I know it’s time to revamp and give my paper quilling board a makeover when I have to start editing my tutorials for all the pinholes around the designs I am making!
I was starting a new project a few days ago and thought I better fix up my board first, and I might as well take photos to show you how I do it!
I have actually had this same quilling board for 18 years!! I bought it in my first year of college, when I was 18 years old. Talk about long lasting! It still has a lot of life left in it as well. I like it because it is a nice big size. I usually have a few projects going on the board at the same time when it is jewelry.
So here is my board when it’s time to fix it up. It is FULL of pinholes. It also has glue blobs, pen scribbles, etc. in various spots.
First I take off the plastic cover, and remove the white pinholed papers. Now it looks all bare! If you look closely at it you can still see the pinholes in the corkboard. I have some big holes on the edge because I repeatedly use the same holes to store my pins. All the other holes around the board are smaller. The board is still strong yet flexible, and has not chipped apart or anything, so it’s definitely good quality corkboard!
Time to fix it up! First I trim two pieces of paper, one for each side of the board (that way, when one side is too messed up you can just turn it over and use the other side before having to fix up the board again!)
Then slide the board (with the paper on each side) into a sheet protector. It can be any quality – the thinner ones are actually easier than the heavy duty ones since you have to be able to poke a pin through it. But if all you have around the house are the heavy duty ones, those will work as well. You could also just pin a sheet of wax paper or any type of plastic sheet on top of the board, but I’ve found the sheet protector the easiest thing to use!
All suited up! Notice how the sheet protector is a bit too long, though.
So I trim it off!
Now the nice thing is that you can keep that one side open and use it to slide patterns, guides, etc. under the plastic!
Looking for a quilling cork workboard?
This one from Lake City Craft is the one that I have. I like the size! This is also available at Custom Quilling.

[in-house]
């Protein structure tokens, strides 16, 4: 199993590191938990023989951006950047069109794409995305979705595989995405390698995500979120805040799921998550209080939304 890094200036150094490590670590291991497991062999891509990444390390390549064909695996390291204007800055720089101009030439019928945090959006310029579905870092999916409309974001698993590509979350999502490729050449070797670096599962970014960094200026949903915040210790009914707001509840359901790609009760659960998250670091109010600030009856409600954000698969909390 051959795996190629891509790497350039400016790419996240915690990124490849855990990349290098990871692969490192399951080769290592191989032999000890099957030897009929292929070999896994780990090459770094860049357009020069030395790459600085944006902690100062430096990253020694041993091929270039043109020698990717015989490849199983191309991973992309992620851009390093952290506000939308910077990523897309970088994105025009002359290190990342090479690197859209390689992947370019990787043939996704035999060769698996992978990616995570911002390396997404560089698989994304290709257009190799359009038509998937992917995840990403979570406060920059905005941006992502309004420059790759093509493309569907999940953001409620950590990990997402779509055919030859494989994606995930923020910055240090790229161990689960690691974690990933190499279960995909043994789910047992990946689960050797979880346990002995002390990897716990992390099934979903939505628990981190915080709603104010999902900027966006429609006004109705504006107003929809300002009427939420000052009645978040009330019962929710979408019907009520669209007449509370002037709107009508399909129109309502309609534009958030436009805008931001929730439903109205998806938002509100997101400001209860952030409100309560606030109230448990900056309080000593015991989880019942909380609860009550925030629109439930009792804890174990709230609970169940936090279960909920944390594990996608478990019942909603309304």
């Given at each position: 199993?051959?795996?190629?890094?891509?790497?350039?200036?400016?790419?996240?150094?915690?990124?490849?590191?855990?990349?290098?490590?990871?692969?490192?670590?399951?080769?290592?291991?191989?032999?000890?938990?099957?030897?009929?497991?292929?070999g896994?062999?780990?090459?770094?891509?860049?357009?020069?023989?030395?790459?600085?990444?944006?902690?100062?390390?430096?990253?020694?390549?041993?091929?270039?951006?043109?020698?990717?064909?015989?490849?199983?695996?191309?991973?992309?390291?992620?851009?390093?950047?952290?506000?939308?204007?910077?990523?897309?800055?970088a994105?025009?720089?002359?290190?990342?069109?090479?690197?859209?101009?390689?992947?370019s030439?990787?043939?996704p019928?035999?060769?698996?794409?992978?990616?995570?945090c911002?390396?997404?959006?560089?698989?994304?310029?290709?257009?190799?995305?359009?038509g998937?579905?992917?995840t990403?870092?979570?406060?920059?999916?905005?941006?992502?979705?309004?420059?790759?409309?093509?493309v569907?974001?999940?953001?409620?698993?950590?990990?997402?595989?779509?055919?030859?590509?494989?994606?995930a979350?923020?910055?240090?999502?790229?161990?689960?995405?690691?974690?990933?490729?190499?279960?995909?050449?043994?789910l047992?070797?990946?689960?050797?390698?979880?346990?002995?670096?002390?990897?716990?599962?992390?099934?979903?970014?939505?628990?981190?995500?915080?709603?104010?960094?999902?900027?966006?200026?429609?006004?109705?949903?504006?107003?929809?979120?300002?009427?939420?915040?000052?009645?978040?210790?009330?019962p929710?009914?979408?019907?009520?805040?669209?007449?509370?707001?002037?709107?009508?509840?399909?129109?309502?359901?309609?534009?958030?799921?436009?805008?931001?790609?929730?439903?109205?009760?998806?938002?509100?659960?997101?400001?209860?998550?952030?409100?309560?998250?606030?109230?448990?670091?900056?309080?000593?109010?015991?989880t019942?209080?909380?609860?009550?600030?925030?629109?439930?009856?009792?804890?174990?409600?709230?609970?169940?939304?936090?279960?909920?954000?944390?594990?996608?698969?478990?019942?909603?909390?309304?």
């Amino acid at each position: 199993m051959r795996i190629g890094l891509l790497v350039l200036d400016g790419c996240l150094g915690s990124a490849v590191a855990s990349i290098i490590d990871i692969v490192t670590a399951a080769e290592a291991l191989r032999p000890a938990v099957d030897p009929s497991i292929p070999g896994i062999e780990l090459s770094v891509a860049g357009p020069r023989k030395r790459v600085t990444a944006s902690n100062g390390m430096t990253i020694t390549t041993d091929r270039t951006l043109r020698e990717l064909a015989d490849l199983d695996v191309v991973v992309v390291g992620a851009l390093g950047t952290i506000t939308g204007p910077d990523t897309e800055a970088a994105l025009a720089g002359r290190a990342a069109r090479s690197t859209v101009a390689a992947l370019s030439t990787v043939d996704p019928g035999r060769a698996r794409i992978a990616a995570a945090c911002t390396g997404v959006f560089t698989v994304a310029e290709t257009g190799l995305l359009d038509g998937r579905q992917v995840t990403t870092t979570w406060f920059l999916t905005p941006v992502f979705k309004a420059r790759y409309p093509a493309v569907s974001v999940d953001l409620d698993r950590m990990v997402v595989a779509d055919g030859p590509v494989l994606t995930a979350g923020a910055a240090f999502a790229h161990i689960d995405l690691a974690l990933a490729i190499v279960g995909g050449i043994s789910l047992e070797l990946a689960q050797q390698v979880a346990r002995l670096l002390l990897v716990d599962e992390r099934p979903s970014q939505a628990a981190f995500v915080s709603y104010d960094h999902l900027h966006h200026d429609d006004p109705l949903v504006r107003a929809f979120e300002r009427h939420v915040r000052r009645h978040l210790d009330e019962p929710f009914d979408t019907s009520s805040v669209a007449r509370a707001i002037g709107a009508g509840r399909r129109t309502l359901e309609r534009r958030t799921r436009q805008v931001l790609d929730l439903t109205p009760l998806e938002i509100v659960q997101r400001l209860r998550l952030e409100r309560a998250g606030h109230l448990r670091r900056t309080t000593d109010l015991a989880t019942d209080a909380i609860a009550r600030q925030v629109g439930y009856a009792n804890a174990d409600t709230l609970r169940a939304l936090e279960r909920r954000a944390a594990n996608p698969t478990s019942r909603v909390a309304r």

this one is from Quilled Creations and my daughter, Svara, uses this one. The grid on it is very handy! You’d have to use smaller sheet protectors for it, though. The board is also available at Custom Quilling.
This one has a dense foam board with a nice guide, is a nice big size (a regular size sheet protector will work), and comes with a removable circle sizing guide that you can choose to place on top of the board or not. This is also available at Custom Quilling.
You don’t even have to buy something specially for quilling – any cork board will do. Just make sure it is thick enough! My workboard is 3/8″ thick. If it is thinner than that, you risk the pins poking out the backside too often. Ouch! It is tricky to buy online because you usually have to buy a lot. This double pack from Elmer’s looks like a good deal – you can save one to make large designs with, and cut the other one up for several smaller boards. If you have friends who are new to quilling this is a great way to share cork to make boards! You can check in your local craft and stationary shops as well to see what they have. Just pay attention to how thick it is!
Stick around, there is lots more to see on the blog!
- Click here to view free paper quilling tutorials!
- Click here to view paper quilling tips and tricks!
- Click here to view a list of places to buy quilling supplies around the world!
- Click here to view some of my own quilling projects, with tips so you can make your own if you’d like!
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Is it possible to glue two 1/4″ tiles together or would the glue in the middle make pins become messy?
Hm…. good question. I’ve never tried it. I don’t think the glue in the middle would make it messy, as it would be dry, but it might make it hard for the pin to go through.